Breedon (second from left) and some of the volunteers at a recent event. Image: Supplied

Breedon (second from left) and some of the volunteers at the recent Tanabata Festival. | Image supplied

Part of Language Connection’s success has been its sense of inclusiveness, which Managing Director Will Breedon feels has ensured visitors learn and develop language proficiency in a safe and supportive environment.

“Language Connection has been instrumental in making me feel like wherever people go, [it] is very welcoming,” Breedon said.

When he first started learning Japanese, Breedon recalled his lack of confidence to even say konnichiwa (hello in Japanese) because he was afraid of distorting the original pronunciation of the word. After finding people who were in a similar situation as him however, Breedon found support which helped boost his confidence in practicing the language.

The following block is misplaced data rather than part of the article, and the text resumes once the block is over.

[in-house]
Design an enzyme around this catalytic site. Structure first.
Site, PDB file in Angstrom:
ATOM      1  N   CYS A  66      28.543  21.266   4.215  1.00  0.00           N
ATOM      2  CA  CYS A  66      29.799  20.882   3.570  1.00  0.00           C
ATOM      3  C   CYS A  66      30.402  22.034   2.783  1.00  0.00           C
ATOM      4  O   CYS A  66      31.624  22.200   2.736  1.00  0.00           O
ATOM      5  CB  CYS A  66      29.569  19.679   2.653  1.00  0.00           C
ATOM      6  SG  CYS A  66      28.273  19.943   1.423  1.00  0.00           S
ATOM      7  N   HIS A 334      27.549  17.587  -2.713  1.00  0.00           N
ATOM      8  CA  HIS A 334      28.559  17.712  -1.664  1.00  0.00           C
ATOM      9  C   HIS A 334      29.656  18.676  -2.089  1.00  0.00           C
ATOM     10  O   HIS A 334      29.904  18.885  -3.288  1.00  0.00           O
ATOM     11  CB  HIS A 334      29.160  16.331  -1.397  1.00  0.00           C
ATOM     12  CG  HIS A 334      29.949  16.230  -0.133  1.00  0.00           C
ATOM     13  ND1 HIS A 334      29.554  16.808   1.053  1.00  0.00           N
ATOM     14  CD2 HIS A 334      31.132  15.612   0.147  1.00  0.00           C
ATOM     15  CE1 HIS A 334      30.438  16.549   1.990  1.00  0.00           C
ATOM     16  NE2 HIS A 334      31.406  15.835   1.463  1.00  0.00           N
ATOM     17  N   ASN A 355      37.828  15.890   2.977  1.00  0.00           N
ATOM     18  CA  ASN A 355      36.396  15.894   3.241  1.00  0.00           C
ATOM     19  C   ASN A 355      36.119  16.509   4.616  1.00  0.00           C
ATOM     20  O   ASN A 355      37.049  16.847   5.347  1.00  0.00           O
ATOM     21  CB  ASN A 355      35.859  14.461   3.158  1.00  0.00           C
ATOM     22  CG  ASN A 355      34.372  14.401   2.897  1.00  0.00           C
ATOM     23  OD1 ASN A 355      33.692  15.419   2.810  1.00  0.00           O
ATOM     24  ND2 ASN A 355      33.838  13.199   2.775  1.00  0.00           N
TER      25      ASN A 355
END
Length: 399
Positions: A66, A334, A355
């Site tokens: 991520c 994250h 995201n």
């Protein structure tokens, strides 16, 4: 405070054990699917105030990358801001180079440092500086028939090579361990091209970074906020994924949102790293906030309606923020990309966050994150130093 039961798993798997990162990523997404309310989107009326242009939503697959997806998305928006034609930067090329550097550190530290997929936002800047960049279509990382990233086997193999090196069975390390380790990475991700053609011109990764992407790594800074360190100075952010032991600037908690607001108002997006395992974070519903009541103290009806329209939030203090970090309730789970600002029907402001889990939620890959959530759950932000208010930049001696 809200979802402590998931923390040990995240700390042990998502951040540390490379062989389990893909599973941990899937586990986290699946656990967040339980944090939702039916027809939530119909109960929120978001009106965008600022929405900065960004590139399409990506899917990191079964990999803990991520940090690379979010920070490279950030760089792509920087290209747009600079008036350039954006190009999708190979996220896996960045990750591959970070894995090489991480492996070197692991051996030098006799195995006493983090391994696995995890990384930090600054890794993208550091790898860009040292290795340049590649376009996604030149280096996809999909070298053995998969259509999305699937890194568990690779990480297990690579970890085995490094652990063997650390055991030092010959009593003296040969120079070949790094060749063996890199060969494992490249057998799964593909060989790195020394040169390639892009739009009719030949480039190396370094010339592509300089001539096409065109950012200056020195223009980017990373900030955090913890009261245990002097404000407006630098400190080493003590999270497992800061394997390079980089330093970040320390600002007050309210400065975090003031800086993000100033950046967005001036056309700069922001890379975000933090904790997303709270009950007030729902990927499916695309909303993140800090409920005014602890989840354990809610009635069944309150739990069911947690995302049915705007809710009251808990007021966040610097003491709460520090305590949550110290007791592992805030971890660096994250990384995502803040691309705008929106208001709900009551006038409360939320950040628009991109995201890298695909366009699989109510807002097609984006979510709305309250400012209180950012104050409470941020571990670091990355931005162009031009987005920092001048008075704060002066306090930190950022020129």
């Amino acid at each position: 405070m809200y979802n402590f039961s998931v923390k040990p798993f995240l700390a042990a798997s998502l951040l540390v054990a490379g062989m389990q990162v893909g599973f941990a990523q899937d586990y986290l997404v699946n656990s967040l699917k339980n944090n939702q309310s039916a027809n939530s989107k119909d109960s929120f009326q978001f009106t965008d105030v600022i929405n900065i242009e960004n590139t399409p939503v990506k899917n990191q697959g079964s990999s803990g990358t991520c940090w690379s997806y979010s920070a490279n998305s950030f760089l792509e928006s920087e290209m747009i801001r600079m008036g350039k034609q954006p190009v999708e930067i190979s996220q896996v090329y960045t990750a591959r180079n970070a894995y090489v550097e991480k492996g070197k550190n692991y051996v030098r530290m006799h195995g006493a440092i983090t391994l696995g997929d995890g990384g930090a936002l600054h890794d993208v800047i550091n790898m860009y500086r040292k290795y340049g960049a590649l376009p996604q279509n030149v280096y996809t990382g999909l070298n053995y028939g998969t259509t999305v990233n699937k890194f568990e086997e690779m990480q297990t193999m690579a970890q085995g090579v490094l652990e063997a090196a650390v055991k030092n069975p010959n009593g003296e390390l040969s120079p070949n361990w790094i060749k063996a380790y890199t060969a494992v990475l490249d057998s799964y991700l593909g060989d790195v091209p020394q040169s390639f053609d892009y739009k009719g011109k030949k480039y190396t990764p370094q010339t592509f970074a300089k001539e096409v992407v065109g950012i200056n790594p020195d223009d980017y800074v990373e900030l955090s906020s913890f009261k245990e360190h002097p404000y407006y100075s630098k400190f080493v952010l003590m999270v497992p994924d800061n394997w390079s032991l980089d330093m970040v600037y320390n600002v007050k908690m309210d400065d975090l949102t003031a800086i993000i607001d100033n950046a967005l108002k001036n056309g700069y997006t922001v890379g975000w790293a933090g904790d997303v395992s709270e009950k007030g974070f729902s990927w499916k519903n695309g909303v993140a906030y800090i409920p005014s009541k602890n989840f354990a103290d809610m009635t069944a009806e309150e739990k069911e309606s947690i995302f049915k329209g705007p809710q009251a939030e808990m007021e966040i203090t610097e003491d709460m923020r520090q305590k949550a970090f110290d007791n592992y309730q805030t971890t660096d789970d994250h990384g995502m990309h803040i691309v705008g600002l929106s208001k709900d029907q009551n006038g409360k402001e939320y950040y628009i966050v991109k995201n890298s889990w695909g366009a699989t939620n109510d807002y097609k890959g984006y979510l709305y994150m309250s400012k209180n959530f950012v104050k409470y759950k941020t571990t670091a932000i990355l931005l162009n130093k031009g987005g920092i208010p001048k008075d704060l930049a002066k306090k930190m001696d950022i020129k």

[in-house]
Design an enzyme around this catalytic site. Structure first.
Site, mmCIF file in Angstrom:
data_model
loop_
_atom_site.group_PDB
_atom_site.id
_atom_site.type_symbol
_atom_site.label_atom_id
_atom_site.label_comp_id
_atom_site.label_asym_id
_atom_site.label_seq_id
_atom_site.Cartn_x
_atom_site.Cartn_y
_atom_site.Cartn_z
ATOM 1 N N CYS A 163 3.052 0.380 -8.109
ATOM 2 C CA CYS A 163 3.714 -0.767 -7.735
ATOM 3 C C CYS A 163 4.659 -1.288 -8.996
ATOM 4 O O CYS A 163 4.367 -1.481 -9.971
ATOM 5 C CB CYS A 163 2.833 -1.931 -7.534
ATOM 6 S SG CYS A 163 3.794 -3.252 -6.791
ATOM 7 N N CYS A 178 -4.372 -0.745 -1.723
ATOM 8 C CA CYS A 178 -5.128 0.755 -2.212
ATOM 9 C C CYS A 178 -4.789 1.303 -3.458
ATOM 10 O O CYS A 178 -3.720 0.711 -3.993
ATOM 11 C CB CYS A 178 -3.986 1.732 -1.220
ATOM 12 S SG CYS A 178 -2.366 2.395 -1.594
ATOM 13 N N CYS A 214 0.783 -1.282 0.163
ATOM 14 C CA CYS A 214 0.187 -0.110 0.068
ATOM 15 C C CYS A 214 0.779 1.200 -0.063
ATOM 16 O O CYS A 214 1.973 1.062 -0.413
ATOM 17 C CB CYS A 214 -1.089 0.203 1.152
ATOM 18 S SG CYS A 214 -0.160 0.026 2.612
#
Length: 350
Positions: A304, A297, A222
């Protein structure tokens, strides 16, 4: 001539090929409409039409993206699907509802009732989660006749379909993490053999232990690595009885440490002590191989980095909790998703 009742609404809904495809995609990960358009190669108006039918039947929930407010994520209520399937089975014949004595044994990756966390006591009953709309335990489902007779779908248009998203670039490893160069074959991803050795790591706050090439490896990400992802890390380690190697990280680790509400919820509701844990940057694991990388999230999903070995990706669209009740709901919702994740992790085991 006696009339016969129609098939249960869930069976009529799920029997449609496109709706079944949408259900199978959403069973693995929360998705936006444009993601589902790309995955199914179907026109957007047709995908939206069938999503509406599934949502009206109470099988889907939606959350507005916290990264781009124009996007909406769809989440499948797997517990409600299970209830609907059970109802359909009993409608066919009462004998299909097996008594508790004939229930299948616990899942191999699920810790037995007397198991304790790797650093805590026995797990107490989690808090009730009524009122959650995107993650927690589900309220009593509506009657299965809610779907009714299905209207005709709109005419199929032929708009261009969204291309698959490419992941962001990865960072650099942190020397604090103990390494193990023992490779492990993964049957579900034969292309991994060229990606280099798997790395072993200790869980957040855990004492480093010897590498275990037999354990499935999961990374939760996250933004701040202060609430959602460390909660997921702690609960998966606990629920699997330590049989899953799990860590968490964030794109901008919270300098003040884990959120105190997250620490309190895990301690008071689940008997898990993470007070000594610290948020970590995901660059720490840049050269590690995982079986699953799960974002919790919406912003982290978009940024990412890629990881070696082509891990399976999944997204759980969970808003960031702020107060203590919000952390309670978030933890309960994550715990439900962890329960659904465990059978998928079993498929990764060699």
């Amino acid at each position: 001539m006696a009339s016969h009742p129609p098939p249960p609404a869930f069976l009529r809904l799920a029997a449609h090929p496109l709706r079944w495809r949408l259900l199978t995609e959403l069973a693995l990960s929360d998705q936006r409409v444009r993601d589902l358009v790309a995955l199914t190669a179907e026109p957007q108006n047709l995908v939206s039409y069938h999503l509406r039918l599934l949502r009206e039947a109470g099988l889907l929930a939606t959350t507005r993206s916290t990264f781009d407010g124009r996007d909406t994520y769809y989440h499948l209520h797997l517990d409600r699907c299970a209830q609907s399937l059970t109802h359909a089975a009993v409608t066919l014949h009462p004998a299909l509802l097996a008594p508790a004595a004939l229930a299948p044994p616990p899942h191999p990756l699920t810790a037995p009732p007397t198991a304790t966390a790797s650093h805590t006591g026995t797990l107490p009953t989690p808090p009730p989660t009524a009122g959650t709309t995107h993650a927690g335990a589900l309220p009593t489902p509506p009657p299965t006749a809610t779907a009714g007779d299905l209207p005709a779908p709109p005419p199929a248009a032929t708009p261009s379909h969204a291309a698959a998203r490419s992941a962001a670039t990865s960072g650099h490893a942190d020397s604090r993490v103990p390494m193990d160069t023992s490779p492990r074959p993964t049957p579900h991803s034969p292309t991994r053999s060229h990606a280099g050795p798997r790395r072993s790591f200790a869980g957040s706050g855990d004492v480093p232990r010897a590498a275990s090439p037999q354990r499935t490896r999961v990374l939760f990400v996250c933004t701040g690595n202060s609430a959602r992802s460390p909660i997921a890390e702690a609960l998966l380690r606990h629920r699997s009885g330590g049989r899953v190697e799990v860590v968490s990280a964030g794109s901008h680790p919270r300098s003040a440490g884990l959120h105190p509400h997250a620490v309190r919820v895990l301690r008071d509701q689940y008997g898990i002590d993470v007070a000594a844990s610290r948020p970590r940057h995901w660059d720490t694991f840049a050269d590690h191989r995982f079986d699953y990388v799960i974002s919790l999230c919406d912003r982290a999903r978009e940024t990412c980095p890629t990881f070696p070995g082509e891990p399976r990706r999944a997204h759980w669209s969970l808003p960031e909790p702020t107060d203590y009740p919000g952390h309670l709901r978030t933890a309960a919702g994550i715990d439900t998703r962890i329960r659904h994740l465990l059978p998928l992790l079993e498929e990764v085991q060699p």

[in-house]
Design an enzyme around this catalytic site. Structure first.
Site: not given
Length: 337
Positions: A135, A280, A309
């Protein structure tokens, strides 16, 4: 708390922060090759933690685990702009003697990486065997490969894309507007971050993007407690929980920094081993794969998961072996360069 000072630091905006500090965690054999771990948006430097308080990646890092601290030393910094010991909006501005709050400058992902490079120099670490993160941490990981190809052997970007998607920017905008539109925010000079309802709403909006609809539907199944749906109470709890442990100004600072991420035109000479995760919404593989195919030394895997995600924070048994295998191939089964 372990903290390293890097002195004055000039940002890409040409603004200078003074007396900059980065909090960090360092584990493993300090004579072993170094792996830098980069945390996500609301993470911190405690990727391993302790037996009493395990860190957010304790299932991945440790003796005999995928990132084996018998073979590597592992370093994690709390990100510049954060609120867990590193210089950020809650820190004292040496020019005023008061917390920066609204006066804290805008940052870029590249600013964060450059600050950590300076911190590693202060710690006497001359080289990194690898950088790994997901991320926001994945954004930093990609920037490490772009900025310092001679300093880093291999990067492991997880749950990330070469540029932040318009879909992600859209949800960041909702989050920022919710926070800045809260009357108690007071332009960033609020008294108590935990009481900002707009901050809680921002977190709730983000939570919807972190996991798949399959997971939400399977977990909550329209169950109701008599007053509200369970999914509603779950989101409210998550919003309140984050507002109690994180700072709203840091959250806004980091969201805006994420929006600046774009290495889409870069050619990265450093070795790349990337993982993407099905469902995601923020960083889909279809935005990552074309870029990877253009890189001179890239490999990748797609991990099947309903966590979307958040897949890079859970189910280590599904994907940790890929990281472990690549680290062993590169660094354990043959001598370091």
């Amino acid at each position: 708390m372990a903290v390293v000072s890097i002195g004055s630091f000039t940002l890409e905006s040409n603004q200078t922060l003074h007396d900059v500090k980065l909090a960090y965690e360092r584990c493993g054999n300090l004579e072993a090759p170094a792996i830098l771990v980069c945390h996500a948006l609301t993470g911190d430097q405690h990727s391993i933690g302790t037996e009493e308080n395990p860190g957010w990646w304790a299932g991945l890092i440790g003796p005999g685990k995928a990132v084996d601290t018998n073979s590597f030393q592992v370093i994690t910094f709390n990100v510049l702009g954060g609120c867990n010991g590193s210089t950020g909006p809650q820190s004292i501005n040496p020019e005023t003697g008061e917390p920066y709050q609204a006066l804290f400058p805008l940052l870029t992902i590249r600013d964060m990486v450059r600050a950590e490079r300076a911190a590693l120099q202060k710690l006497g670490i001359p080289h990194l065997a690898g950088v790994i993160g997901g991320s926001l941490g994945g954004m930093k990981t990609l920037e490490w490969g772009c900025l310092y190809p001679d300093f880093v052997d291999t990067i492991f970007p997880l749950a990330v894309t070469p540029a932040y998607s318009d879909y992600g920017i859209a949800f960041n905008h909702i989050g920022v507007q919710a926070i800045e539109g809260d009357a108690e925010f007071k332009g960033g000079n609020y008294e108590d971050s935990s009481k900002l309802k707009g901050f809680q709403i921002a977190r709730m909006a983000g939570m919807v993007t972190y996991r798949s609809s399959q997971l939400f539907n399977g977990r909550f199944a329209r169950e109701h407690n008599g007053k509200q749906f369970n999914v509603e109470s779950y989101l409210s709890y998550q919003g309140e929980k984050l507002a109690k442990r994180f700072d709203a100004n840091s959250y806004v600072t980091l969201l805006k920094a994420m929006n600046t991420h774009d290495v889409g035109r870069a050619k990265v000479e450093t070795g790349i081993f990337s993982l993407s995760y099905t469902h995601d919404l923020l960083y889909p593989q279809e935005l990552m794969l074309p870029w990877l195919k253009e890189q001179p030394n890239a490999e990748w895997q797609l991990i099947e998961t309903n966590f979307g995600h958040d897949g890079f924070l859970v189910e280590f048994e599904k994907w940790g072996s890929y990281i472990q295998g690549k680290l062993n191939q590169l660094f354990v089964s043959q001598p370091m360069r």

“You can’t necessarily find [such support] in school or in university since you’ve got a teacher there, and the teacher is not necessarily your best audience for your linguistic capabilities,” Breedon said.

“If it was just an Australian team, we wouldn’t have [insight], specially in terms of being able to sympathise with international students and understand [and be familiar] with what international students might expect.”

This was the case for Language Connection when it first started out as people came in expecting a structured class where they could learn the language of their choice. Over time, it evolved into a fun and social platform for people to speak in the languages they were learning.

“Before and after [sessions], you would have people meeting up in the city, going for a coffee, coming for Language Connection and going for dinner afterwards. On Thursdays, you would get a good group of people going for Korean barbeque, [and] going for hotpot,” Breedon said.

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At an Australian Football League Social Event: New friendships are integral to Language Connection’s exchanges. | Image: Language Connection Facebook Page.

Given the cultural makeup of Language Connection’s volunteers and members, the organisation has also prided itself on cultivating understanding and appreciation for people from different cultures and education backgrounds.